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New Zealand v Australia 2024

Cameron Green unbeaten hundred and mammoth last wicket stand help put Australia on top in Wellington

Cameron Green acknowledges his crowd after his Wellington hundred
by Wisden Staff 3 minute read

A career-best score from Cam Green, one of the highest 10th-wicket stands of all-time and a four-wicket haul from Nathan Lyon left Australia in a position of dominance at the end of the second day’s play in Wellington.

Green and Hazlewood’s record stand

The visitors resumed play on 279-9 with Green having just reached his second Test hundred in the company of Australia No. 11 Josh Hazlewood. The hosts started the day with hopes of quickly wrapping up the Australia innings but they were left frustrated by a gutsy last wicket partnership.

The pair batted for the entirety of the morning session before Hazlewood fell for 22, chipping Matt Henry to mid-on to end his two-and-a-half hour stay at the crease. Green was left unbeaten on 174 as Australia finished on 383 – the final wicket partnership put on 116 runs, the 16th highest 10th-wicket stand in the history of men’s Test cricket.

Williamson run out for duck

New Zealand’s response started disastrously. Tom Latham played on off the bowling of Mitchell Starc for five, shortly before New Zealand’s in-form captain Kane Williamson was comically run out without troubling the scorers. It continued a dramatic top order collapse that saw the Black Caps reeling at 29-5 before Tom Blundell (33) and Glenn Phillips (71) offered admirable resistance to get the Black Caps back into the contest. Henry continued his excellent Test – he had earlier taken a first innings five-for – by adding 42 from No. 9 before New Zealand were eventually bowled out for 179.

Australia were then faced with negotiating a tricky spell with the bat before the close of play and in eight overs lost the wickets of both Steve Smith and Marnus Labuschagne, finishing the day on 13-2 217 runs ahead of New Zealand.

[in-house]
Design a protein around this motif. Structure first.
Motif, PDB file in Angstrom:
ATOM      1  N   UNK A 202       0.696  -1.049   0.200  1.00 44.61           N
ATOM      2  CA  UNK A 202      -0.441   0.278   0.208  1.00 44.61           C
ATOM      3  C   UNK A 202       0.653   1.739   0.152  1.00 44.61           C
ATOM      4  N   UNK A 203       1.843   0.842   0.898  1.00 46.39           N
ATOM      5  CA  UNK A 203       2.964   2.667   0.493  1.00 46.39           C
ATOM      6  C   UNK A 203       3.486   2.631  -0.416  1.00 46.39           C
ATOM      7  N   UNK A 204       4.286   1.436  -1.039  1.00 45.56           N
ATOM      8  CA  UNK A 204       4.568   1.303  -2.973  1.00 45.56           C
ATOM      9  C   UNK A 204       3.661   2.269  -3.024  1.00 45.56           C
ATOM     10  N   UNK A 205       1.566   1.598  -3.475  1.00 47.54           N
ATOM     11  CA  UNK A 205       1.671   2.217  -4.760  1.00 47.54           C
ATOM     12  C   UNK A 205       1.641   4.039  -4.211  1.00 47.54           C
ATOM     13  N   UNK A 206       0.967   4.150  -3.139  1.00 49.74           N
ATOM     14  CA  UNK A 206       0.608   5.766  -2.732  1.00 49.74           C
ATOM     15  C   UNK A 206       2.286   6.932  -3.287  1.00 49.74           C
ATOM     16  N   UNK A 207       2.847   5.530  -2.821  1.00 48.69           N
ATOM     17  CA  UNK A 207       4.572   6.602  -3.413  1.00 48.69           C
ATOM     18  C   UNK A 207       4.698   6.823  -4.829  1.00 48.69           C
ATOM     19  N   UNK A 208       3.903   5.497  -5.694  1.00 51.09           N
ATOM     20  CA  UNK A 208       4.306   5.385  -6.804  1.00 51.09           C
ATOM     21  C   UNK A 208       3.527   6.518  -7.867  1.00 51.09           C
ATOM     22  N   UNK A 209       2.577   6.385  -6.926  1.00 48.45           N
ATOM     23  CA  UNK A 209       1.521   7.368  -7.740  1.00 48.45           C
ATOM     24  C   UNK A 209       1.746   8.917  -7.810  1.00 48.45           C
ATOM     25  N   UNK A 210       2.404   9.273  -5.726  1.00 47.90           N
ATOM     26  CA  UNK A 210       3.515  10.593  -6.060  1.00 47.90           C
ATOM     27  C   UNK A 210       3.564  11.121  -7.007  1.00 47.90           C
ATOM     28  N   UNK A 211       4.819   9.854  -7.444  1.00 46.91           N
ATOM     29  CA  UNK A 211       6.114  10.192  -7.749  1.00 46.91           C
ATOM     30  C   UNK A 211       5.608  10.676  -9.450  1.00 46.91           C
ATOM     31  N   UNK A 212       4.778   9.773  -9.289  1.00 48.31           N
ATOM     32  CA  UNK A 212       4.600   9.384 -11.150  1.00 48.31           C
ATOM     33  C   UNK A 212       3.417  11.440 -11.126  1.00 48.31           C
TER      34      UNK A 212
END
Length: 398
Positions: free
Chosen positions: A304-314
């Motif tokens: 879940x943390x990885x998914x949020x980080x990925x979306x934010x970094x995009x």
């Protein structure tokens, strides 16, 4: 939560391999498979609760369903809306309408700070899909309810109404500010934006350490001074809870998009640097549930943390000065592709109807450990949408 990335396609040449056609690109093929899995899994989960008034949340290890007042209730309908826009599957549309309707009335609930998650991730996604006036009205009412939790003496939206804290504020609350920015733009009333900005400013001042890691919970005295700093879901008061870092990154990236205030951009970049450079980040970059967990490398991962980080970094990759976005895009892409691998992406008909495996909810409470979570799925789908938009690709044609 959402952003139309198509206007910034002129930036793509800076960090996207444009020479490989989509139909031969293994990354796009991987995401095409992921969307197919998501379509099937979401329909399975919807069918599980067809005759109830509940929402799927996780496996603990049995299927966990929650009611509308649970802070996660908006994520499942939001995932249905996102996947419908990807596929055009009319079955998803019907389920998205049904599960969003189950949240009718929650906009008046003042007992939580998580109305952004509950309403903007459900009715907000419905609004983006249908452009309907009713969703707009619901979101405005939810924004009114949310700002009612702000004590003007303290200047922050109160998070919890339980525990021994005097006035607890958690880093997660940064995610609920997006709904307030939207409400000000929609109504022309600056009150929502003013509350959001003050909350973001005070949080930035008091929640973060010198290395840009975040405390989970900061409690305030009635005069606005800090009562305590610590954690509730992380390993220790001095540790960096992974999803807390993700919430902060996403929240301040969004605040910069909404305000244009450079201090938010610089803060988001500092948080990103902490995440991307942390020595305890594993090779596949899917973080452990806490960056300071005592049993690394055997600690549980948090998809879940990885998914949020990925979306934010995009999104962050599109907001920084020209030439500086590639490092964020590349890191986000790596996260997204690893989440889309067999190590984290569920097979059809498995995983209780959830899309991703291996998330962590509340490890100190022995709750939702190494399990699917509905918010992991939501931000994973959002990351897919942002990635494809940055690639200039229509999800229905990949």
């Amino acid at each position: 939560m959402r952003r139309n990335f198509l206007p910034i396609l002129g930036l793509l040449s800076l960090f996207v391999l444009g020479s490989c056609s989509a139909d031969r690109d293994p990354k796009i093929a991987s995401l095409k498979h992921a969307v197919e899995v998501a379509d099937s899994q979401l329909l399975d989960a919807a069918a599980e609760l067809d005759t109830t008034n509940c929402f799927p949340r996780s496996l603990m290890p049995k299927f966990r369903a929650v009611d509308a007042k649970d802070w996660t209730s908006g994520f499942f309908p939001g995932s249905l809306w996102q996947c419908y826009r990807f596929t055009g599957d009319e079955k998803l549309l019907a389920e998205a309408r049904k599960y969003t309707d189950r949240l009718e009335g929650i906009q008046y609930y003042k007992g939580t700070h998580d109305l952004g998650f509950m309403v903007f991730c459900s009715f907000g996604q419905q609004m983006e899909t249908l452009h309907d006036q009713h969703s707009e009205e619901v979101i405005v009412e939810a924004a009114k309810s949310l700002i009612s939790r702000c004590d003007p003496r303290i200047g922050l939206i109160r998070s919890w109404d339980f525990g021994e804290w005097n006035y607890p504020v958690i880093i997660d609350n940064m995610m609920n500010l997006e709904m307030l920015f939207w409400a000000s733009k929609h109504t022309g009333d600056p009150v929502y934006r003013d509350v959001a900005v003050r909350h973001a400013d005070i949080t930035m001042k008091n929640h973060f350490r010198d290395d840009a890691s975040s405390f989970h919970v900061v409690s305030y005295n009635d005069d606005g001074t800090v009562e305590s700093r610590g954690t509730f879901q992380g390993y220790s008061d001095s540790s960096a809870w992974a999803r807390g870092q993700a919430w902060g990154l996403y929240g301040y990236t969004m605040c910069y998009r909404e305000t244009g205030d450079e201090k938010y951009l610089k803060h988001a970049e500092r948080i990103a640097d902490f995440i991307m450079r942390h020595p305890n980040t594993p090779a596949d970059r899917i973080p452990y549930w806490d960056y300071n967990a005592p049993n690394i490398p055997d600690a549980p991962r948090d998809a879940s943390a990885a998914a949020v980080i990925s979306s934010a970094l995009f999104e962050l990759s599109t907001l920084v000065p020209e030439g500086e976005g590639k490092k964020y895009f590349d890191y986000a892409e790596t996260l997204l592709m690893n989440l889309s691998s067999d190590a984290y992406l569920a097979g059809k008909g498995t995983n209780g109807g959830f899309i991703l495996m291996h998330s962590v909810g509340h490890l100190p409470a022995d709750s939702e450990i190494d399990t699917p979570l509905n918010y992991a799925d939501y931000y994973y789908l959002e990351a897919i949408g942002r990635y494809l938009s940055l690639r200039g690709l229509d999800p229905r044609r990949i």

As successful as New Zealand have been in recent times the Black Caps have a dire recent record against Australia. In the 21st century they have won just one out of 26 Tests against their opponents from across the Tasman Sea, losing 19 of those contests. Their last home victory against Australia was in Auckland all the way back in 1993.

Green thrives at No.4

It was a landmark performance for Green who was the main beneficiary of David Warner’s retirement from Test cricket, with Steve Smith moving up to open leaving a space for Green to slot into at No. 4. Speaking after play on day two, Green credited a recent stint in the Sheffield Shield for helping him rediscover his form against the red ball. “I think it’s really important,” Green said of playing red-ball cricket in the build-up to a Test series. “I probably struggled to have the red ball practice leading into Tests [recently]. I think it’s been always one or two net sessions then thrown in the deep end a little bit. But that’s what international cricket is like at the moment.

“Unfortunately, it’s been a pretty busy 18 months and there’s not much practice in between changing formats. It’s just a bit of a work in progress for myself. I’m trying to obviously learn off guys that do it quite regularly like Steve and Mitch Marsh, Dave Warner. I think they stay true to their technique. And it’s something that I need to work on. I’m not trying to be changing so much in between formats.”

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